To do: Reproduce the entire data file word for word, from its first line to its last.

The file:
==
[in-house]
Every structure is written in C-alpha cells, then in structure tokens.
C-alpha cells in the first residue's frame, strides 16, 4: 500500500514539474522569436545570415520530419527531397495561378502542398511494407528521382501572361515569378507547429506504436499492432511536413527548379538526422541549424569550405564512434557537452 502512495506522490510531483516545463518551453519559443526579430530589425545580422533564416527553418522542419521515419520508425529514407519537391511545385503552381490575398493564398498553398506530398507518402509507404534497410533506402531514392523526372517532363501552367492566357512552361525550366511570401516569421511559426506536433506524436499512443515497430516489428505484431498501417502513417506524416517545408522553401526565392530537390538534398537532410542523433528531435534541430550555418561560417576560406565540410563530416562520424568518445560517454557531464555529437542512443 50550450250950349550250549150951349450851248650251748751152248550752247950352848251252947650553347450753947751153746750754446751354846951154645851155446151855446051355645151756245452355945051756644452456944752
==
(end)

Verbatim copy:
[in-house]
Every structure is written in C-alpha cells, then in structure tokens.
C-alpha cells in the first residue's frame, strides 16, 4: 500500500514539474522569436545570415520530419527531397495561378502542398511494407528521382501572361515569378507547429506504436499492432511536413527548379538526422541549424569550405564512434557537452 502512495506522490510531483516545463518551453519559443526579430530589425545580422533564416527553418522542419521515419520508425529514407519537391511545385503552381490575398493564398498553398506530398507518402509507404534497410533506402531514392523526372517532363501552367492566357512552361525550366511570401516569421511559426506536433506524436499512443515497430516489428505484431498501417502513417506524416517545408522553401526565392530537390538534398537532410542523433528531435534541430550555418561560417576560406565540410563530416562520424568518445560517454557531464555529437542512443 50550450250950349550250549150951349450851248650251748751152248550752247950352848251252947650553347450753947751153746750754446751354846951154645851155446151855446051355645151756245452355945051756644452456944752